• Olena Martynyuk

    Postdoctoral Research Scholar in Ukrainian Studies
    Columbia University
    212 854-4623

    Olena Martynyuk is an art historian with an interest in art theory and philosophy. Her research focuses on Ukrainian and Russian art from the late 20thcentury to the present. She graduated with a Ph.D. in art history from Rutgers University in January 2018. 

    Her dissertation, titled “Postmodern Perestroika: Ukrainian-Russian Artistic Networks of the 1980s-90s,” examines the work of artists in the last Soviet generation. Trained in Socialist Realist methods while witnessing the decomposition of Soviet reality, these Ukrainian and Russian artists invented hybrid art forms that reflected their transitional time period. The dissertation analyzes major paintings of the era, revealing the porous nature of borders separating East and West in the late 1980s, and examines how distant and sometimes distorted echoes of Western theoretical concepts such as Postmodernism, Neo-Expressionism, Transavantgarde, and Neo-Baroque impacted the art of the late Soviet period.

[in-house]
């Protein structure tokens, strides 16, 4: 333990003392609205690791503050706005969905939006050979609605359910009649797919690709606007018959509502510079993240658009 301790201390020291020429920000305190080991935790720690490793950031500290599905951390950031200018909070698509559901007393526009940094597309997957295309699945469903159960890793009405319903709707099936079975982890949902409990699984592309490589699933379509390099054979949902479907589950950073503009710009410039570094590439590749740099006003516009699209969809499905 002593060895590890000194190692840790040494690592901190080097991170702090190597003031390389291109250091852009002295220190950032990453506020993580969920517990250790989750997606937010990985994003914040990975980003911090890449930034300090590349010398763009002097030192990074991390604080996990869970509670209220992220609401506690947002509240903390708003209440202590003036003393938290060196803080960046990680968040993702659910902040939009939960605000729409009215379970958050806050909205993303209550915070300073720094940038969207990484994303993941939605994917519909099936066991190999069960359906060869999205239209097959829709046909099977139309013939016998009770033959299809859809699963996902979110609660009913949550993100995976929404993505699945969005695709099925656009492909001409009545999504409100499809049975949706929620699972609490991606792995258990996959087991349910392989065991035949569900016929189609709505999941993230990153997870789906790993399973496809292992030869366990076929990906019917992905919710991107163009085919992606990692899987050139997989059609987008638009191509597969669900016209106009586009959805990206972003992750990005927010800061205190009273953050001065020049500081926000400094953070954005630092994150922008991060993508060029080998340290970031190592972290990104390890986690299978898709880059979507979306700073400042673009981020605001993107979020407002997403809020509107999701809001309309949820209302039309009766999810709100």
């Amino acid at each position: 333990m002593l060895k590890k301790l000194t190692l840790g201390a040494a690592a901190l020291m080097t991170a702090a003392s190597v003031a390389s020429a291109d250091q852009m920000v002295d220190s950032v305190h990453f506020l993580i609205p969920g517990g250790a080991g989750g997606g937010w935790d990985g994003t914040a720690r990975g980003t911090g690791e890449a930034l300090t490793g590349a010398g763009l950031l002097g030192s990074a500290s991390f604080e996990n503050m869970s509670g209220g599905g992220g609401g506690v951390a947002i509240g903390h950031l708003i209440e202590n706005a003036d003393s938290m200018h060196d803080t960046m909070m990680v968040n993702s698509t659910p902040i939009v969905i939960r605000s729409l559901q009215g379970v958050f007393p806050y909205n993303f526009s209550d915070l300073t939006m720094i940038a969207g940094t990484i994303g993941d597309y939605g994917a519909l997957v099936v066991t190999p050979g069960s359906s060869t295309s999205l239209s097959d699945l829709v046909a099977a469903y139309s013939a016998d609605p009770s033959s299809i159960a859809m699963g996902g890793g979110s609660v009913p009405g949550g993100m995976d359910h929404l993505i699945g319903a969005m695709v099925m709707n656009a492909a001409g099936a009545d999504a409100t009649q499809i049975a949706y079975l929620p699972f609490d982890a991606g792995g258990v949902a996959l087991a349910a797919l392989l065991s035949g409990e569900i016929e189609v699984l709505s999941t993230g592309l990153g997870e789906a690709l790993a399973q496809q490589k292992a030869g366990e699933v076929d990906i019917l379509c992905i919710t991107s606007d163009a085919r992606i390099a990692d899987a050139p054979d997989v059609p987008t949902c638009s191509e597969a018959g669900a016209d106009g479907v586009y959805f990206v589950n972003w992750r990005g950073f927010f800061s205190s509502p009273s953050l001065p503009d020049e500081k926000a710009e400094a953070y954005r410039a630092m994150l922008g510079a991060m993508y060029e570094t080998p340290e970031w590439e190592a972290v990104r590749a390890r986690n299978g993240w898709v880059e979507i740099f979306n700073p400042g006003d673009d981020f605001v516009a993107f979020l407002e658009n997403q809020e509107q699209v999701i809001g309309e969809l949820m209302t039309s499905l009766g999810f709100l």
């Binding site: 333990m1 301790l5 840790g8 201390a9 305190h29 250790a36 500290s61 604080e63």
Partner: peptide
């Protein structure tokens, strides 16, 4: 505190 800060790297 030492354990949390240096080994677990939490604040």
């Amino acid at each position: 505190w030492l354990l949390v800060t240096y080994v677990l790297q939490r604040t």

While at the Harriman Institute Dr. Martynyuk will continue her work on transforming her dissertation into a book manuscript with attention to the influence of Ukraine’s delayed postcolonial emancipation on Ukrainian visual culture of the late 20thcentury.  She will also continue co-editing with Dr. Alla Rosenfeld a compendium of articles on Ukrainian 20th-century art by Ukrainian and Western scholars. 

    Martynyuk is the recipient of the Louise Bevier Dissertation Fellowship. She has taught art history classes at Rutgers University and CUNY College of Staten Island, and has curated exhibitions at the Zimmerli Art Museum, The Ukrainian Museum, and the Ukrainian Institute of America in NYC. Her most recent show of Kyiv perestroika art will open at the Zimmerli Art Museum in spring of 2020.